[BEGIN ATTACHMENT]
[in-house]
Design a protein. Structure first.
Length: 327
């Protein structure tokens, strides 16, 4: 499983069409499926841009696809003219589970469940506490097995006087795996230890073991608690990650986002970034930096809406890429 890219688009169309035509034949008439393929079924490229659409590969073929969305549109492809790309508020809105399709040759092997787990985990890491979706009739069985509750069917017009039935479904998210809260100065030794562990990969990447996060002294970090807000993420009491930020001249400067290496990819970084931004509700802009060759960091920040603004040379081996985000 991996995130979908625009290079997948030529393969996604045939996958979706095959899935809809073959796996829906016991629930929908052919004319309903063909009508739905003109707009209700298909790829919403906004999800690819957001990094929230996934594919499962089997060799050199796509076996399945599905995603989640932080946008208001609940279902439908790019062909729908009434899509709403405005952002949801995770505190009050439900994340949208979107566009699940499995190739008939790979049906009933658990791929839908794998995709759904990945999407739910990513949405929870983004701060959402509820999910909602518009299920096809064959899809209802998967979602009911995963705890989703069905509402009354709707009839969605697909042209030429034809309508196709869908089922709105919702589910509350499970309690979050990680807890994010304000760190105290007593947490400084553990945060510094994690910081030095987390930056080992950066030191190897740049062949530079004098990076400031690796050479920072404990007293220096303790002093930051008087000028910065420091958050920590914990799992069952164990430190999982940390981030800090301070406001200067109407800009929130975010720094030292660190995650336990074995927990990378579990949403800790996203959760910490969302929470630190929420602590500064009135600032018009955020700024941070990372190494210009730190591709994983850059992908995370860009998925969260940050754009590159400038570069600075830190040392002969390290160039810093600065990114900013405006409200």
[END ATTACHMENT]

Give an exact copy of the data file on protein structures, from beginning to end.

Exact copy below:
[in-house]
Design a protein. Structure first.
Length: 327
């Protein structure tokens, strides 16, 4: 499983069409499926841009696809003219589970469940506490097995006087795996230890073991608690990650986002970034930096809406890429 890219688009169309035509034949008439393929079924490229659409590969073929969305549109492809790309508020809105399709040759092997787990985990890491979706009739069985509750069917017009039935479904998210809260100065030794562990990969990447996060002294970090807000993420009491930020001249400067290496990819970084931004509700802009060759960091920040603004040379081996985000 991996995130979908625009290079997948030529393969996604045939996958979706095959899935809809073959796996829906016991629930929908052919004319309903063909009508739905003109707009209700298909790829919403906004999800690819957001990094929230996934594919499962089997060799050199796509076996399945599905995603989640932080946008208001609940279902439908790019062909729908009434899509709403405005952002949801995770505190009050439900994340949208979107566009699940499995190739008939790979049906009933658990791929839908794998995709759904990945999407739910990513949405929870983004701060959402509820999910909602518009299920096809064959899809209802998967979602009911995963705890989703069905509402009354709707009839969605697909042209030429034809309508196709869908089922709105919702589910509350499970309690979050990680807890994010304000760190105290007593947490400084553990945060510094994690910081030095987390930056080992950066030191190897740049062949530079004098990076400031690796050479920072404990007293220096303790002093930051008087000028910065420091958050920590914990799992069952164990430190999982940390981030800090301070406001200067109407800009929130975010720094030292660190995650336990074995927990990378579990949403800790996203959760910490969302929470630190929420602590500064009135600032018009955020700024941070990372190494210009730190591709994983850059992908995370860009998925969260940050754009590159400038570069600075830190040392002969390290160039810093600065990114900013405006409200």